Arris shares were down more than 10% in after-hours trading Wednesday after the tech giant said Q3 revenues dropped 13.1% due in part to sluggish set-top and gateway sales to Verizon Communications and AT&T, which just combined with DirecTV.
Arris chairman and CEO Bob Stanzione cited “shifting” strategies at those telcos. AT&T, for example, saw a decline in U-verse TV subs in Q3 as it applied more focus on selling DirecTV service.
That shift in focus “hurt our business pretty dramatically,” Stanzione said.
Arris, which is also dealing with declines outside the U.S., posted Q3 revenues of $1.22 billion, off from the $1.24 billion expected by analysts, and posted earnings of 56 cents per share, down from 81 cents in the prior year- period. Looking ahead, Arris anticipates revenues to decline to $1.1 billion to $1.15 billion, alongside adjusted net income per diluted share of 40 cents to 45 cents, citing lower expected U.S. revenue, near-term M&A uncertainty and international growth tempered by the strong U.S. dollar.
Driven by the aforementioned telco issues, CPE segment sales dropped 14% versus the year-ago quarter, despite improved cable CPE sales and a record sales of broadband gateways and modems via retail channels.
Arris also talked up its role in supplying an advanced DOCSIS gateway to Comcast – the DOCSIS 3.0-powred XB3 will bond up to 24 downstream channels and integrate MoCA 2.0 and 802.11ac WiFi.
On the video CPE end, unit volumes dropped 11% year-on-year. A bright spot was the launch of a next-gen video gateway (the DCX3635) for Canada’s Shaw Communications that supports both Arris’s own Moxi platform and Comcast’s X1 platform. Shaw is trialing X1 after ditching its original IPTV migration strategy.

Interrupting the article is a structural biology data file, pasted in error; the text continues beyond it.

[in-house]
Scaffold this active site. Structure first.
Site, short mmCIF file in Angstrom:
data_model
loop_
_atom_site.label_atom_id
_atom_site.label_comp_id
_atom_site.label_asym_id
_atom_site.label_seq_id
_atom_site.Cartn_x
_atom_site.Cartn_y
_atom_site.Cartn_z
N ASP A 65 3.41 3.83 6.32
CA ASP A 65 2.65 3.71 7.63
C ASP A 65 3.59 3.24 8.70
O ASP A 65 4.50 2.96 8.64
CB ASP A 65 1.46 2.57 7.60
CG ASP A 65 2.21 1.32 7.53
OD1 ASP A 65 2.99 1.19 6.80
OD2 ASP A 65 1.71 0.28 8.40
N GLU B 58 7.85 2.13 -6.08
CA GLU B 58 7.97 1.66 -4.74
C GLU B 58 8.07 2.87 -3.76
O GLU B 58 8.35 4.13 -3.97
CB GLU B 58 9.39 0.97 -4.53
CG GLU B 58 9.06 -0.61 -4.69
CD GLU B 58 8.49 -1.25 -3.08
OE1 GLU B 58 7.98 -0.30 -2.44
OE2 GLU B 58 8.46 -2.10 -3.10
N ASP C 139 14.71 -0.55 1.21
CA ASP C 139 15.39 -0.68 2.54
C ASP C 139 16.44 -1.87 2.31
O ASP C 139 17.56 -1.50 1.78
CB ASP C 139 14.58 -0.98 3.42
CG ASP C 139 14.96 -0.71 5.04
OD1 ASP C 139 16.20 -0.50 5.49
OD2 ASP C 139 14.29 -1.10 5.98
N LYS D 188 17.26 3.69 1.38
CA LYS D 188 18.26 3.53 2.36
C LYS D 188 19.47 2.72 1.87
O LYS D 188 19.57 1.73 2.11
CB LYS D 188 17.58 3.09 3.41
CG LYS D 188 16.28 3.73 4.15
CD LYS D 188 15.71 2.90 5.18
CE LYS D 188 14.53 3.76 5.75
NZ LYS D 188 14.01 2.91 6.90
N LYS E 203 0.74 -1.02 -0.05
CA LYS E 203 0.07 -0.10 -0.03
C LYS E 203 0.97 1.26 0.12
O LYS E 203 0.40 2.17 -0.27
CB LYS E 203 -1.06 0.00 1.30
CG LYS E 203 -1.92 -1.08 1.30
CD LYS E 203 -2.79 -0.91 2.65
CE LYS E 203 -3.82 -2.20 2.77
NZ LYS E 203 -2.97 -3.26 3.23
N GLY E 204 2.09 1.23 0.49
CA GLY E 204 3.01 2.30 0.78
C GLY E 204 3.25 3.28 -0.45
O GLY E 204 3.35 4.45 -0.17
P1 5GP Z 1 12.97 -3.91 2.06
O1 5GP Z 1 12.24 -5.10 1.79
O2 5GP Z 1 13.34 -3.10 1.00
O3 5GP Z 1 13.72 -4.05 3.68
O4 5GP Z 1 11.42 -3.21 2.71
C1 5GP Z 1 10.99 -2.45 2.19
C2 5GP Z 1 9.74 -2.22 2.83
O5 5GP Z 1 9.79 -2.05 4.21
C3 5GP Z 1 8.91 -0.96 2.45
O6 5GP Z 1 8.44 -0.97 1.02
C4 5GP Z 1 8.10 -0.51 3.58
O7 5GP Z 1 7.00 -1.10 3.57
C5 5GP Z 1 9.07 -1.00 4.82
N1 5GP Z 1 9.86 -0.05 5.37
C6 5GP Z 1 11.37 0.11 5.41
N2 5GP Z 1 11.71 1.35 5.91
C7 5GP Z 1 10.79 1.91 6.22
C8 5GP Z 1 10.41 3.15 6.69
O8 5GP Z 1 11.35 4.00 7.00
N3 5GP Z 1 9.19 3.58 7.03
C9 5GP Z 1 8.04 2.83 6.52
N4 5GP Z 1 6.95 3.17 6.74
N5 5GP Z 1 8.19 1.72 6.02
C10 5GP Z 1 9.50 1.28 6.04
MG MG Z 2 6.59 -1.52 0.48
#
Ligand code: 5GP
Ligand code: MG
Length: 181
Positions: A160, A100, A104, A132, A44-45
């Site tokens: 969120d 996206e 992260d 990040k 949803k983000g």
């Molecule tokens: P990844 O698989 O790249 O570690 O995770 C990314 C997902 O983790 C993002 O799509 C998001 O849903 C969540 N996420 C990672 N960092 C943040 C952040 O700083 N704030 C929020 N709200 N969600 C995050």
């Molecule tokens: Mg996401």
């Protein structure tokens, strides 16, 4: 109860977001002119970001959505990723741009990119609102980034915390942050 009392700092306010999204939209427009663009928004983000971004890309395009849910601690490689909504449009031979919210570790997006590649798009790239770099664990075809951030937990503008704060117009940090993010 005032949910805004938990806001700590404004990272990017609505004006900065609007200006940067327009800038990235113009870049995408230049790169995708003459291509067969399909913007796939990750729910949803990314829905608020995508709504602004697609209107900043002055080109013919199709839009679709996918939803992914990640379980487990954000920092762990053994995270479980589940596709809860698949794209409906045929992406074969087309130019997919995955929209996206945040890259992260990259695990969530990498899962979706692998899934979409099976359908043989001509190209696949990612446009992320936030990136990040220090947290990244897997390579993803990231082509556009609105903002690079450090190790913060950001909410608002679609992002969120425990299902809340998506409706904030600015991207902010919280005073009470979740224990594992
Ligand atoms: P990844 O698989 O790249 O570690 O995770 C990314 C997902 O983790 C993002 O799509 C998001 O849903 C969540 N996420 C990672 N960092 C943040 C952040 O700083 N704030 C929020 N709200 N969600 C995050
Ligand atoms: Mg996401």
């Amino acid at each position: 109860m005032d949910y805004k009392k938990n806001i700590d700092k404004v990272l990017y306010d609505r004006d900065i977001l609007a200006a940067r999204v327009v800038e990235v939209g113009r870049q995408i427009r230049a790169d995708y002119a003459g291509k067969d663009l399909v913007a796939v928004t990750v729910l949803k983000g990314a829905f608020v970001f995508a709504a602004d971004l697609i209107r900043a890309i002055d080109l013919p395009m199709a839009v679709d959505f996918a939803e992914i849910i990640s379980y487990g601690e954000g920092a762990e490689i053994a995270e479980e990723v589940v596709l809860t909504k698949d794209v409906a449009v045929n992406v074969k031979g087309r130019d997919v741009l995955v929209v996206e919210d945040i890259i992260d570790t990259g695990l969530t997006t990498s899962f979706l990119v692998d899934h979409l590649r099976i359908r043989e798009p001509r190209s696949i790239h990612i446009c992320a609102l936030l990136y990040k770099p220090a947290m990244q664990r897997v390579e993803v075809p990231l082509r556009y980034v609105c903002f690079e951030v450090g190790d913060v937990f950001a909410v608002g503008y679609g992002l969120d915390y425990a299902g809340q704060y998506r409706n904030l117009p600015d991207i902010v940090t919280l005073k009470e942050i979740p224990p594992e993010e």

On its fiscal Q4 call earlier this month, Shaw CEO Bradley Shaw said the MSO had launched the whole-home DVR platform with the Moxi UI, noting that it’s “forward compatible with the X1 service.” He said Shaw’s anticipates that the commercial launch of X1, which will be powered directly by Comcast infrastructure, will occur during Shaw’s 2016 fiscal year.
On the network side of the business, Arris saw sales of its flagship E6000 CCAP drop from the first half of the year (Shaw is a new customer for it), but remains on track for Q4 customer field trials of DOCSIS 3.1, according to Bruce McClelland, president of the company’s’ network and cloud unit. Arris also expects formal CableLabs D3.1 testing to start during the current quarter.
Regarding Arris’s pending $2.1 billion acquisition of U.K.-based Pace, Stanzione said he’s still enthusiastic about the benefits of the merger, and remains committed to getting the deal done. Amid additional requests from the U.S. Department of Justice and other regulatory entities, Arris now believes it will wrap up the merger by late December or the first quarter of 2016. Arris has also indicated that regulators might apply a condition to the deal that Arris divest part of its optical transmission business.
Arris and Pace shareholders have approved the deal.